Counties least at-risk concentrated in Colorado, Minnesota, Wisconsin and Texas
Twenty-two of the 50 counties least vulnerable to pandemic-related problems from among the 552 included in the first-quarter report were in Colorado, Minnesota, Wisconsin and Texas. Ten of them were in the Denver, CO; Dallas, TX, and Minneapolis, MN, metro areas, including Hennepin County (Minneapolis), MN; Dallas County, TX; Tarrant County (Fort Worth), TX; Denver County, CO, and Arapahoe County (Aurora), CO.
Others among the top-50 least at-risk counties with a population of 500,000 or more included Harris County (Houston), TX; King County (Seattle), WA; Mecklenburg County (Charlotte), NC; Wake County (Raleigh), NC and Erie County (Buffalo), NY.
Lower levels of unaffordable housing, underwater mortgages and foreclosure activity in less vulnerable counties
Major home ownership costs (mortgage, property taxes and insurance) consumed less than 30 percent of average local wages in 43 of the 50 counties that were least at-risk from market problems connected to the virus pandemic in the first quarter of 2021. The lowest percentages among those counties were in Madison County (Huntsville), AL (14.2 percent of average local wages required for major ownership costs); Sheboygan County, WI (16.1 percent); Muskegon County, MI (16.6 percent); Macomb County, MI (outside Detroit) (16.7 percent) and Richmond City/County, VA (16.9 percent).
More than 15 percent of mortgages were underwater in the fourth quarter of 2020 (with owners owing more than their properties are worth) in none of the 50 least at-risk counties. Those with the lowest rates in those counties were Chittenden County (Burlington), VT (3.3 percent); Multnomah County (Portland), OR (4.4 percent); King County (Seattle), WA (4.5 percent); Marion County (Salem), OR (4.5 percent) and Washington County, OR (outside Portland) (4.6 percent).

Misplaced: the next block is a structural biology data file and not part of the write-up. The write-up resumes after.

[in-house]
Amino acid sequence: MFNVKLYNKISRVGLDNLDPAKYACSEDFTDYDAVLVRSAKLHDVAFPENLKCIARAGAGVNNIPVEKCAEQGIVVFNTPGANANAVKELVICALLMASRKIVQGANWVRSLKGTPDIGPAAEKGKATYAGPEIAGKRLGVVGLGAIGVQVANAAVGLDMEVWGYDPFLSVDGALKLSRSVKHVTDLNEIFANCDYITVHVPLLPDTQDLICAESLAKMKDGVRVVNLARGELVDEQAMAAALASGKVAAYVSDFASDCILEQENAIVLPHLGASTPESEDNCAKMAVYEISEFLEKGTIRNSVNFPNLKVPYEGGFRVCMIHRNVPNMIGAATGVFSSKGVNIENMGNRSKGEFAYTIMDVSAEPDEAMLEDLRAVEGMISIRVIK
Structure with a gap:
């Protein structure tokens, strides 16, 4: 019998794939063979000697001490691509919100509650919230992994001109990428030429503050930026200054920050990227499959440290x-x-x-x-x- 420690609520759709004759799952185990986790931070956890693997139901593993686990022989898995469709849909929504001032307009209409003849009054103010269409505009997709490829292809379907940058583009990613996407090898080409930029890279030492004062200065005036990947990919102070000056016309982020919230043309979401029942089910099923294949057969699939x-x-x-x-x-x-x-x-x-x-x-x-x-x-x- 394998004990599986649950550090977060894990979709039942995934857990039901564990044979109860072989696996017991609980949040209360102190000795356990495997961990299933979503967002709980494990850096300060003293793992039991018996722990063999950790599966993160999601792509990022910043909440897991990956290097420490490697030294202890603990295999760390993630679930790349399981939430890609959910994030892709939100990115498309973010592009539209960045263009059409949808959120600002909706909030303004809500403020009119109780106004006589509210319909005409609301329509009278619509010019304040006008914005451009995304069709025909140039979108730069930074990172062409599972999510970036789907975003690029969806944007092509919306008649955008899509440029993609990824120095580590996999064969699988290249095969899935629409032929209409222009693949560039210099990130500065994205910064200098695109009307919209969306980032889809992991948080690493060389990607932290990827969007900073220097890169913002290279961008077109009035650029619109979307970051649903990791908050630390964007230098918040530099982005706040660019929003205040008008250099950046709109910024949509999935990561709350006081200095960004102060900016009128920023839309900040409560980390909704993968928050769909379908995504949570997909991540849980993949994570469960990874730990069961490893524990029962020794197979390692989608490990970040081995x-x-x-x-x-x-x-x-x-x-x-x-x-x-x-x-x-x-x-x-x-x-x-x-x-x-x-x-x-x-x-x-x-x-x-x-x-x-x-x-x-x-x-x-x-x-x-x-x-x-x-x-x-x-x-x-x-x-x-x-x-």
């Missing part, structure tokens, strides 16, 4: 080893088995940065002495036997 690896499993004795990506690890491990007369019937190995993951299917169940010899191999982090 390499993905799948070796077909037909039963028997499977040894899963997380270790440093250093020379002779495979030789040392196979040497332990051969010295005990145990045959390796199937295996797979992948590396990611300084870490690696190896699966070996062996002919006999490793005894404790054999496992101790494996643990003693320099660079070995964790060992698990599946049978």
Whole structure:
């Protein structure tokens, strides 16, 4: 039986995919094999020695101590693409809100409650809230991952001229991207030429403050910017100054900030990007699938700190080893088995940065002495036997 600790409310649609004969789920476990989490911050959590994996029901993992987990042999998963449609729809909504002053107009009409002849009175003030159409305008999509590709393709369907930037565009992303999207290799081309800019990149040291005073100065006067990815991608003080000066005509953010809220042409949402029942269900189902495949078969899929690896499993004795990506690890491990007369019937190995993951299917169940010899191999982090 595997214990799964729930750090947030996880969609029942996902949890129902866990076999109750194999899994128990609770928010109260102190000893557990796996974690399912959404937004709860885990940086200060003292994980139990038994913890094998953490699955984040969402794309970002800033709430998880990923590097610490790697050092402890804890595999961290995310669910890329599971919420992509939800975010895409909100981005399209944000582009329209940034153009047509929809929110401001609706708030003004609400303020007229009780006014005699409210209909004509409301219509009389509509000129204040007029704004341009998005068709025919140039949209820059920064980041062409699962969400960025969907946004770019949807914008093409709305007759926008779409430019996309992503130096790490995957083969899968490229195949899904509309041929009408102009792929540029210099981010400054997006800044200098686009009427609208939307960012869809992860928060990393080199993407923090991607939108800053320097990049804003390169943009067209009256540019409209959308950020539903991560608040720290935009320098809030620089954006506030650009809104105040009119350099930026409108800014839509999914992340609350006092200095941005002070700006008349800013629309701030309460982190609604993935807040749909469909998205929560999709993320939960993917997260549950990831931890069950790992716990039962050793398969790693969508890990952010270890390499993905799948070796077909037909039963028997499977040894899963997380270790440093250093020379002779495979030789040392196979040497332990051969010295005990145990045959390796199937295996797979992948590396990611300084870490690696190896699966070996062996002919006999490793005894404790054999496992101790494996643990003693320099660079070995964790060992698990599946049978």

More than one in 2,500 residential properties faced a foreclosure action in the first quarter of 2021 in none of the 50 least at-risk counties. Those with the lowest rates in those counties included Wichita County (Wichita Falls), TX (no residential properties facing possible foreclosure); Pueblo County, CO (outside Colorado Springs) (one in 71,223); Chittenden County (Burlington), VT (one in 69,734); Olmstead County (Rochester), MN (one in 65,380) and Marion County (Salem), OR (one in 63,105).
The ATTOM Data Solutions Special Coronavirus Market Impact Report is based on ATTOM’s first-quarter 2021 residential foreclosure and home affordability reports and fourth-quarter 2020 underwater property report. (Press releases for those reports show the methodology for each.) Counties with sufficient data to analyze were ranked based on the percentage of residential properties with a foreclosure filing during the first quarter of 2021, the percentage of average local wages need to afford the major expenses of owning a median-priced home in the first quarter of 2021 and the percentage of properties with outstanding mortgage balances that exceeded their estimated market values in the fourth quarter of 2020. Ranks then were added up to develop a composite ranking across all three categories. Equal weight was given to each category. Counties with the lowest composite rank were considered most vulnerable to housing market problems. Those with the highest composite rank were considered least vulnerable.